Electronic and transport properties in carbon nanostructures
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This dissertation studies the electronic and transport properties in one and two dimensional carbon systems, including carbon nanotubes, carbon chains and graphene. The focus is on the e ects of e-e interaction on these properties. First we studied the electron band structure of armchair CNTs under interaction. The interactions destroy the metallic ground states in the non interacting picture and open a gap in the electron energy spectrum. The e-e interaction results in a Mott transition and opens a Mott gap while the e-phonon interaction leads to a Peierls transition and opens a Peierls gap accompanied by a lattice deformation. We examined both transitions and studied the interplay of the two interactions. The nal ground state of an armchair CNT is discussed based on the studies of the two transitions. Next, the transport properties and energy dissipation of a two terminal carbon nanotube device are studied and the relation between the conductivity and the plasmon decay rate is explored. Particularly, the plasmon decay rate was evaluated and the correction to the conductance due to the interaction was studied in both undoped and doped case. While a uniform doping suppresses the Umklapp processes exponentially and for that reason a long armchair CNT remains metallic, in the non uniformly doped case, particularly in an armchair CNT pn junction, the relevance of the Umklapp scattering can be tuned by the doping electric eld. Depending on the steepness of the doping potential, the device can go through a quantum phase transition from a metal to insulator at zero temperature. The behavior near this critical point was studied by the epsilon expansion. At last, we studied the electron transport through a device composed of a one dimensional chain or wire connected to two graphene leads. Electrons get through the device by narrow resonance states with certain energies due to the vanishing density of states of the graphene leads at the junction. This feature of transport can be generalized to other molecular devices with graphene leads.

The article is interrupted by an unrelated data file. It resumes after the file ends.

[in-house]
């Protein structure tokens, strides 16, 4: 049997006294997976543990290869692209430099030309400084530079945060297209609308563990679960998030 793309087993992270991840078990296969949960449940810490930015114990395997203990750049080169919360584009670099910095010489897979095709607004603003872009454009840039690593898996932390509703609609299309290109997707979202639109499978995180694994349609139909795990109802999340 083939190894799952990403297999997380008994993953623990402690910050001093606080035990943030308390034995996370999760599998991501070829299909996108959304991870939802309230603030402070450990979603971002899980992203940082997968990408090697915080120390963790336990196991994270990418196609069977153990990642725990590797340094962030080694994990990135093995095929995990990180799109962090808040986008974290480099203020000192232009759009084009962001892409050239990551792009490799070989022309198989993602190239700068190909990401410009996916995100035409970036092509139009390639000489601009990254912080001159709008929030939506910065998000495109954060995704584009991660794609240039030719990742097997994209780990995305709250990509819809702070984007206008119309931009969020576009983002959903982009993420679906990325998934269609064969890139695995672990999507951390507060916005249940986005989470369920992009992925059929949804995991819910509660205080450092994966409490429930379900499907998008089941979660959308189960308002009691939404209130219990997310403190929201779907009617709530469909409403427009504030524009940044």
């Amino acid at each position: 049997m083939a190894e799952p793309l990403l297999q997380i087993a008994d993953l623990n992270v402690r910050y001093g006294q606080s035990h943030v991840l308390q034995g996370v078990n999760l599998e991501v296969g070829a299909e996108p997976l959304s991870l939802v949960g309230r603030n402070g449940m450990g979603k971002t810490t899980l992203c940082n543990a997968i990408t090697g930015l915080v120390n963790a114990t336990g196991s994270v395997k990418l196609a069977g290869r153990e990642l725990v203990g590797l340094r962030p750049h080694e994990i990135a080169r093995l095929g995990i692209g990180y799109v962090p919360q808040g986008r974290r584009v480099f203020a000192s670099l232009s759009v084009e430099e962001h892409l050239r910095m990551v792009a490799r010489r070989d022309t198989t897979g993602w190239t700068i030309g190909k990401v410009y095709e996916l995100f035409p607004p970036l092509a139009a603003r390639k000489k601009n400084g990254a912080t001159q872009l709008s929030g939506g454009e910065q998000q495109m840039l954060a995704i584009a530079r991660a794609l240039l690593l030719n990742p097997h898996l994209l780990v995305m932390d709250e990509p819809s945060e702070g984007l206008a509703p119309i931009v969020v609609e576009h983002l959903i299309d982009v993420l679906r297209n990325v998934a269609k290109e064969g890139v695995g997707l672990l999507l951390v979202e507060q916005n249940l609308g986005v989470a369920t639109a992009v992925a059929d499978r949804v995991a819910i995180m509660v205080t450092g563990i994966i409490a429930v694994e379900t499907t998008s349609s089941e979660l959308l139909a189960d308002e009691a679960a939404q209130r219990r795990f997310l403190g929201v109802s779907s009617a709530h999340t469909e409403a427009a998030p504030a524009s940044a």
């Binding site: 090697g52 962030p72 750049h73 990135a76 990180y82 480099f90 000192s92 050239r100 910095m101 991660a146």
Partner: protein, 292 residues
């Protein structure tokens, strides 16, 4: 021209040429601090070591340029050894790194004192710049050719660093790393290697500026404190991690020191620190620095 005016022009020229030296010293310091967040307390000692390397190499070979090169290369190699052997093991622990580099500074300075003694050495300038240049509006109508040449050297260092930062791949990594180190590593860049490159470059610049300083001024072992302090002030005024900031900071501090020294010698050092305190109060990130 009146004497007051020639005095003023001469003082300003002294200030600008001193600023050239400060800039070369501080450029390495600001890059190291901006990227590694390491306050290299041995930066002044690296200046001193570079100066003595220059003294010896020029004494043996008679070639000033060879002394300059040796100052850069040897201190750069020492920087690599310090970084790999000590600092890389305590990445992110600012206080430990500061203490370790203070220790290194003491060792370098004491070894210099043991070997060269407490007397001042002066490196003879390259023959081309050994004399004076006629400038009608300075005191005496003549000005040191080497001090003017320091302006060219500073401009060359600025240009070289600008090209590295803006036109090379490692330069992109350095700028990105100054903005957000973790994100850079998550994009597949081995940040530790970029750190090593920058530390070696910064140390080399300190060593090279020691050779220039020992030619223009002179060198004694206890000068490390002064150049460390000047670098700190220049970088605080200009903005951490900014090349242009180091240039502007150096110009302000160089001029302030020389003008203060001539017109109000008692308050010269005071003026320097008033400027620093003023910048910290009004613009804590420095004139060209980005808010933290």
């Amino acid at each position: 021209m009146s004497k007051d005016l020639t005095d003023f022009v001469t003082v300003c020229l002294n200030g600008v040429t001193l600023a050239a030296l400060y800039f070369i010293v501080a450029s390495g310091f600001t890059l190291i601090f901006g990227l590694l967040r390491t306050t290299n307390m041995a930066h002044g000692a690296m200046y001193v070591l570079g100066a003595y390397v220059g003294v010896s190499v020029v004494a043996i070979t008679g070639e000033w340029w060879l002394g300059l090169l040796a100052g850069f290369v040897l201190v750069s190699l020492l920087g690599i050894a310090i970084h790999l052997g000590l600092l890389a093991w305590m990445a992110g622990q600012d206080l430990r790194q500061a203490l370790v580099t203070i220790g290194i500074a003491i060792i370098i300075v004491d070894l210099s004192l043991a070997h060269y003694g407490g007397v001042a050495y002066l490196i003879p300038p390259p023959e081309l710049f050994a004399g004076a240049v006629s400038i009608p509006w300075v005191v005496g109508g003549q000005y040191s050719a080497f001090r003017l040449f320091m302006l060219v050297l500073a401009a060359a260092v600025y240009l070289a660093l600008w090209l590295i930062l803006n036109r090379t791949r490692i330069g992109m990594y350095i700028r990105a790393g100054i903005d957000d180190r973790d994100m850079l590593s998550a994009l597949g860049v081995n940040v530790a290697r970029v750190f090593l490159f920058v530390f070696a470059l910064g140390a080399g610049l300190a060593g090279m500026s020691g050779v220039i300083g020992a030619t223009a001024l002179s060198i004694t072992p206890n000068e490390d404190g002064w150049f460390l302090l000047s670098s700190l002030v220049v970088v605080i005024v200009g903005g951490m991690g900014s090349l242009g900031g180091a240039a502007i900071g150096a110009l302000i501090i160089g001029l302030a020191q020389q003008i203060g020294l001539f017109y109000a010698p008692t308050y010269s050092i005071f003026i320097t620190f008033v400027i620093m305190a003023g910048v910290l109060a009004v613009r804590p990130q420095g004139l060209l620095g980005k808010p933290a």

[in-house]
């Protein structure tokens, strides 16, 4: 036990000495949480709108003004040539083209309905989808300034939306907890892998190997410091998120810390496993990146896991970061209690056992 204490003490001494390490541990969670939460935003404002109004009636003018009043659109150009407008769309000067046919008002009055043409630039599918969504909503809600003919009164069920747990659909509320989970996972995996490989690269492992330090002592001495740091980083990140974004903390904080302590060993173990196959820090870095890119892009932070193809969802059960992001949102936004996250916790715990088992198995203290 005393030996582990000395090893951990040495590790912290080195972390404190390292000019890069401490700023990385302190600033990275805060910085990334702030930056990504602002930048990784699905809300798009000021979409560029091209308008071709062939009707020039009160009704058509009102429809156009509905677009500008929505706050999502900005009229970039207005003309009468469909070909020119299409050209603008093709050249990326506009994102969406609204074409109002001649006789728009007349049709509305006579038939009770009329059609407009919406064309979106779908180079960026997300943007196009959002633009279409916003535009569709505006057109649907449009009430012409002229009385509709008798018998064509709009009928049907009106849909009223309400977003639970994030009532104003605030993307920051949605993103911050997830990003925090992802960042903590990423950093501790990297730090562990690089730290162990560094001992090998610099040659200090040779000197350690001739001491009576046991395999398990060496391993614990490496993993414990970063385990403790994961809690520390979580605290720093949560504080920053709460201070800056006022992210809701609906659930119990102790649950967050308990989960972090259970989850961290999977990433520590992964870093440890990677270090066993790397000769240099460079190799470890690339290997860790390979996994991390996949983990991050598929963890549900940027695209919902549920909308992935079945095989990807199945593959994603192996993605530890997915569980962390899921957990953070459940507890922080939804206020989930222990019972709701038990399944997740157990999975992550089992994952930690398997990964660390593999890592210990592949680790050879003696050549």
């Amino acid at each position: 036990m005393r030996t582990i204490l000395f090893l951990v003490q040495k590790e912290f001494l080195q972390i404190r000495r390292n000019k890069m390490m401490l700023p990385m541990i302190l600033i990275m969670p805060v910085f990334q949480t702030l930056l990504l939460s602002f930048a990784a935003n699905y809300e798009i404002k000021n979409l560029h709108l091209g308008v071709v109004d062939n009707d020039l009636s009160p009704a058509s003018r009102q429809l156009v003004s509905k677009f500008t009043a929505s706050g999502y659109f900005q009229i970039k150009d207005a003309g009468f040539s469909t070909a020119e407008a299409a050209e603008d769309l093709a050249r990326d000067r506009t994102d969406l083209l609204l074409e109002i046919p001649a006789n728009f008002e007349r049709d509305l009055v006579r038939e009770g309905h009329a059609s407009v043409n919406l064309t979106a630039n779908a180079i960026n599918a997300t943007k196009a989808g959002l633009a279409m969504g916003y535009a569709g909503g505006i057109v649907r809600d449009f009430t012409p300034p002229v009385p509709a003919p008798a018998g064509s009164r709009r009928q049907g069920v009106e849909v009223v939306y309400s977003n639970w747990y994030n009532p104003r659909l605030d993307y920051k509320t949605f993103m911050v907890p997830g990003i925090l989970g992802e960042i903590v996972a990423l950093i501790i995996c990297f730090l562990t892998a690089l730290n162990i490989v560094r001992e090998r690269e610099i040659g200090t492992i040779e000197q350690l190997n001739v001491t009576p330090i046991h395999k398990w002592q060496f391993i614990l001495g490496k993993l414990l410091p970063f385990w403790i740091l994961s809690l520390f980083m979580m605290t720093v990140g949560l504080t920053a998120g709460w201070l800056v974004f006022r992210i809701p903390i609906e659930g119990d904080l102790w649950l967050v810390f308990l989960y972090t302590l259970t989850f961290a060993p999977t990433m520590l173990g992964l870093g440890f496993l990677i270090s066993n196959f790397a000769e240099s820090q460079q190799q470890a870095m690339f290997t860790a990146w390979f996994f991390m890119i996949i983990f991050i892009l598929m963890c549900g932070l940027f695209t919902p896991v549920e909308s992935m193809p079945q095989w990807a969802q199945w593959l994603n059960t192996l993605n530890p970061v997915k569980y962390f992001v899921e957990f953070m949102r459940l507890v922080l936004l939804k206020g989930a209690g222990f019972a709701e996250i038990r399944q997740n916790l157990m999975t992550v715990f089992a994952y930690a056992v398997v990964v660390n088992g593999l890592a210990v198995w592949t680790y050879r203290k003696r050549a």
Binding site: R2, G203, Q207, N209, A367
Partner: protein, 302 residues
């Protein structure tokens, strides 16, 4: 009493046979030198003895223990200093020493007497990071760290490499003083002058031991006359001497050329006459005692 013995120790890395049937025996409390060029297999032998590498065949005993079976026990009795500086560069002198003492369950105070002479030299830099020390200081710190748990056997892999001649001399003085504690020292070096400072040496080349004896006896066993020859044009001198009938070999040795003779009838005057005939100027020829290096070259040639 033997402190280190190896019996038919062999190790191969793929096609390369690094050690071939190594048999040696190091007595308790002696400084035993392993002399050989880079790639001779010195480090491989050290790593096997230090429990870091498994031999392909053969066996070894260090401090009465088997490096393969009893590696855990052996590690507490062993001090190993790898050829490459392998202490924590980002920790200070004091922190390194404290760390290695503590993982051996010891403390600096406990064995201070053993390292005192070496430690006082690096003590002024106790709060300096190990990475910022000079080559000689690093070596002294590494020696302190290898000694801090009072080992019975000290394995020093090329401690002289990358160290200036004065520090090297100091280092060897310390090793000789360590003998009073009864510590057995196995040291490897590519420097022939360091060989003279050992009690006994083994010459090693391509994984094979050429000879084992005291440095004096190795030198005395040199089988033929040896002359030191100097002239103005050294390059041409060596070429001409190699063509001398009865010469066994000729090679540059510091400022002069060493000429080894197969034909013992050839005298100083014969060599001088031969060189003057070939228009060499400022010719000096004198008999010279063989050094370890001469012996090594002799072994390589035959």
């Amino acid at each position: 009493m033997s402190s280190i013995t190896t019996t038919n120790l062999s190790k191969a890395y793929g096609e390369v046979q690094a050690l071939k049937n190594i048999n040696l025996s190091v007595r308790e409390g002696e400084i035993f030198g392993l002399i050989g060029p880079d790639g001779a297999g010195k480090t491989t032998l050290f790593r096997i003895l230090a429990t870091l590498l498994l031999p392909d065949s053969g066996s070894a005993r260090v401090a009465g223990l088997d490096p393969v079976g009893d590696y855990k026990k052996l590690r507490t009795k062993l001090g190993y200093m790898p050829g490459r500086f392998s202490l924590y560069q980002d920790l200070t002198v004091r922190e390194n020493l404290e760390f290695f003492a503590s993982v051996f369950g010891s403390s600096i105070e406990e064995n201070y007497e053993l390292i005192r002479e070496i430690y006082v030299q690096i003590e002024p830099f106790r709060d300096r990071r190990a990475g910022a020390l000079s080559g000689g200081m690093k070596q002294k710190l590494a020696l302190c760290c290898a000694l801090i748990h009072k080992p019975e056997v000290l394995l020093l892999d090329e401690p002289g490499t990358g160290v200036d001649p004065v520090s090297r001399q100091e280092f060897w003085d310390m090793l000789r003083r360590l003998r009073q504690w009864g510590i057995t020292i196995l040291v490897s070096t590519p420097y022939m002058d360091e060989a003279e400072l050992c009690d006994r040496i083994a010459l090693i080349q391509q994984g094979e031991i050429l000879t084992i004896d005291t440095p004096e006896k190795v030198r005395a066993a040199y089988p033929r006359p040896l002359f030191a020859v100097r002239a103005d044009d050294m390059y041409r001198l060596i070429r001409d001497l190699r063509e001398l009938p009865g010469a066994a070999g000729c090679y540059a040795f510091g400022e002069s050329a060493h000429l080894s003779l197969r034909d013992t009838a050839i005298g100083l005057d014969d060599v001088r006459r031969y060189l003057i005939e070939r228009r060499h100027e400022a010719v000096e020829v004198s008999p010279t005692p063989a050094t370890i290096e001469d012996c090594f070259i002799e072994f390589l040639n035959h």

- Physics